With rolling hills and flat golden plains, Oklahoma has a lot to offer seniors who are looking for a place to retire. It’s home to the Oklahoma City Museum of Art, Armstrong Auditorium, the Will Rogers Memorial Museum and the Myriad Botanical Gardens, which provide individuals with plenty of activities and things to see. Rich in cultural history, Oklahoma celebrates various Native traditions, including the American Indian culture and real-life cowboys. The state provides a full exemption of Social Security retirement and a $10,000 deduction for other types of retirement income. The cost of living in Oklahoma is also lower than the national average, so seniors may be able to keep more of their annual incomes. The state experiences four distinct seasons with July highs around 93 degrees, and January lows are around 26.

Active seniors who need little to no assistance with grooming, housekeeping and other daily living tasks may choose an independent living community for retirement. These communities target older adults ages 55 and older who want convenient access to socialization, entertainment and activities with other adults of the same age. In Oklahoma, the cost of Independent living is around $2,438 per month.

This guide covers the cost of independent living in the state with the national average and the cost in surrounding areas and also offers a list of popular resources.

The Cost of Independent Living in Oklahoma

Independent living offers the lowest level of care for seniors. The cost is typically 30 to 40 percent lower than the cost of assisted living. We estimated the cost in Oklahoma by subtracting 35% from the average monthly cost of assisted living from the 2020 Genworth Cost of Care Survey.

Independent living in Oklahoma is $2,438. This is $357 less than the national average, which may make the state an attractive place for seniors to retire. Comparing surrounding states, Arkansas has the lowest cost at $2,275. To the south, Texas residents pay around $2,599 and to the north in Kansas, seniors pay approximately $3,309. To the west, Colorado independent living costs an average of $2,974 and in New Mexico, it is $2,633.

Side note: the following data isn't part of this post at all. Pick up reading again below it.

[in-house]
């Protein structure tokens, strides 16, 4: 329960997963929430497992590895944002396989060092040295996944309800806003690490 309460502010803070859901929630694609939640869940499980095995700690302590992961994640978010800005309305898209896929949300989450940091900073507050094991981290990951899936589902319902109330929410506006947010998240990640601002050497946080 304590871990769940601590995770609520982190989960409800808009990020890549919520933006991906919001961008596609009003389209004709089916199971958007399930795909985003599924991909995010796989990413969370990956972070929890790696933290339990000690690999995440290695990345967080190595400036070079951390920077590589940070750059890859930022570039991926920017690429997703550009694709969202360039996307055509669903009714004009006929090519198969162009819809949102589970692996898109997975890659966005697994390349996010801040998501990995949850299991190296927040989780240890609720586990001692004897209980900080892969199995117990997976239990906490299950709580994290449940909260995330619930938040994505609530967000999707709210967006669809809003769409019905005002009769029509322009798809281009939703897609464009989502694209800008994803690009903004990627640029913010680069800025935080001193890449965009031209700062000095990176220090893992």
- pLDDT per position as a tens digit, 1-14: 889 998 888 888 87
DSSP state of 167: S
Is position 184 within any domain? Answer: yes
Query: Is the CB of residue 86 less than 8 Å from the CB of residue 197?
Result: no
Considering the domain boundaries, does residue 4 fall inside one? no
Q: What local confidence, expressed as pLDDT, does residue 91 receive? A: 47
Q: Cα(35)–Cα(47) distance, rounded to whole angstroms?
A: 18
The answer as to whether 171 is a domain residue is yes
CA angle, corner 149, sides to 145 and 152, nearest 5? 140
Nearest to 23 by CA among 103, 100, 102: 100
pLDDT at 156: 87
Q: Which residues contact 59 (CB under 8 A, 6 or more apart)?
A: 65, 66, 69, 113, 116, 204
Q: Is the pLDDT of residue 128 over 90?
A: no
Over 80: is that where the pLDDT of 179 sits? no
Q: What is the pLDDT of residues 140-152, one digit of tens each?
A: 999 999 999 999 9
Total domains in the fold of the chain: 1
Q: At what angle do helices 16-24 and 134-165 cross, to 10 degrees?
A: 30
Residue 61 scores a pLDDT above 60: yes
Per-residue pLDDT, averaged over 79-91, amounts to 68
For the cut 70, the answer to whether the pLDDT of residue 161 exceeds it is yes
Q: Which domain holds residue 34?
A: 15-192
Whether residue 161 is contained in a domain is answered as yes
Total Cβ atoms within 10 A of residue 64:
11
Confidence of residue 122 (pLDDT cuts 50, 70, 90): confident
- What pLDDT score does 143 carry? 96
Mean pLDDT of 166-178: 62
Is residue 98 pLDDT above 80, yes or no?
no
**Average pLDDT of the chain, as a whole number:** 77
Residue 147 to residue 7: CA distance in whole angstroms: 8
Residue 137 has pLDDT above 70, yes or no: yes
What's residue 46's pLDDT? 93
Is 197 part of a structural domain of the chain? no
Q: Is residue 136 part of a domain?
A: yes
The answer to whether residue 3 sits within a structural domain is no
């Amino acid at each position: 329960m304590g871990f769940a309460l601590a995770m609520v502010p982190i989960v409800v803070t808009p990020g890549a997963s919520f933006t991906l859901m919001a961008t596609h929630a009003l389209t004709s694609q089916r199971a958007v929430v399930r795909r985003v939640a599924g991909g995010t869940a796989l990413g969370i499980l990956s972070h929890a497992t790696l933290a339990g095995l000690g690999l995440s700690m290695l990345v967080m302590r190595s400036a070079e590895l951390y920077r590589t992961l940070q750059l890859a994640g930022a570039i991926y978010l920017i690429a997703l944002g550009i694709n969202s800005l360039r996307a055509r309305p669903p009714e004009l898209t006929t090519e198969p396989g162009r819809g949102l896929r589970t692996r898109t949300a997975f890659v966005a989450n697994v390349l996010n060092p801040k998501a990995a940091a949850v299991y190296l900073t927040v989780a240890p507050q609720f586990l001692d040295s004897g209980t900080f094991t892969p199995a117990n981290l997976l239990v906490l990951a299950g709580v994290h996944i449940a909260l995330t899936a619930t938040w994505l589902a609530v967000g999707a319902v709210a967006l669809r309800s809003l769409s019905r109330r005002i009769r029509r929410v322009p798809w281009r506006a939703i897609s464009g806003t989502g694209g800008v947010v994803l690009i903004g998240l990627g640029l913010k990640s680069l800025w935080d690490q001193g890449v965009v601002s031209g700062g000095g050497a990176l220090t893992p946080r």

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New Mexico

Paying for Independent Living in Oklahoma

Independent living communities offer a variety of services for seniors, like landscaping and housekeeping, and the cost can vary. Because this service doesn’t include help with daily living or medical care, most insurance companies do not cover the cost so seniors must pay out-of-pocket. Some of the most common ways to pay for independent living include social security benefits and pensions, Supplemental Security Income (SSI) and annuities. Seniors who own their own homes may opt for reverse mortgages, which provide seniors with access to the existing equity. The US Department of Housing and Urban Development also offers housing vouchers and other home assistance to low-income seniors. 

Independent Living Resources in Oklahoma

The following is a list of popular resources that help seniors in Oklahoma age in place for as long as possible. Resources are available for nutrition, employment, and involvement in the community. 

Aging Services Division(405) 521-2281A division of the Oklahoma Department of Human Services, the Aging Services Division helps develop programs, services and systems that help seniors remain independent as long as possible. The agency also promotes senior involvement in the community. Services include senior day centers, insurance counseling, legal advice, the Senior Farmers Market Nutrition Program (SFMNP) and transportation. 
Area Agencies on Aging(800) 211-2116There are 11 local Area Agencies on Aging within the state of Oklahoma. These regional agencies help seniors ages 60 and older, their family members and caregivers receive information on local programs and services for the aging population. Some of the services the agency provides include referrals, benefits counseling and legal assistance. 
Oklahoma Senior Corps Program(405) 521-6240The Oklahoma Senior Corps Program helps connect seniors with organizations that could use volunteers and the expertise of older adults. This includes placement in the Foster Grandparents Program and the Senior Companion Program. 
Supplemental Nutrition Assistance Program (SNAP)(405) 521-2779SNAP helps low-income seniors pay for groceries using an Electronic Benefit Transfer (EBT) card. Seniors who qualify for SNAP may use their cards to buy nutritious food at any participating retailer. 
AARP Senior Community Service Employment Program (SCSEP)(855) 850-2525The SCSEP helps low-income seniors ages 55 and older locate work. The program can also help active seniors learn new skills that are needed by employers.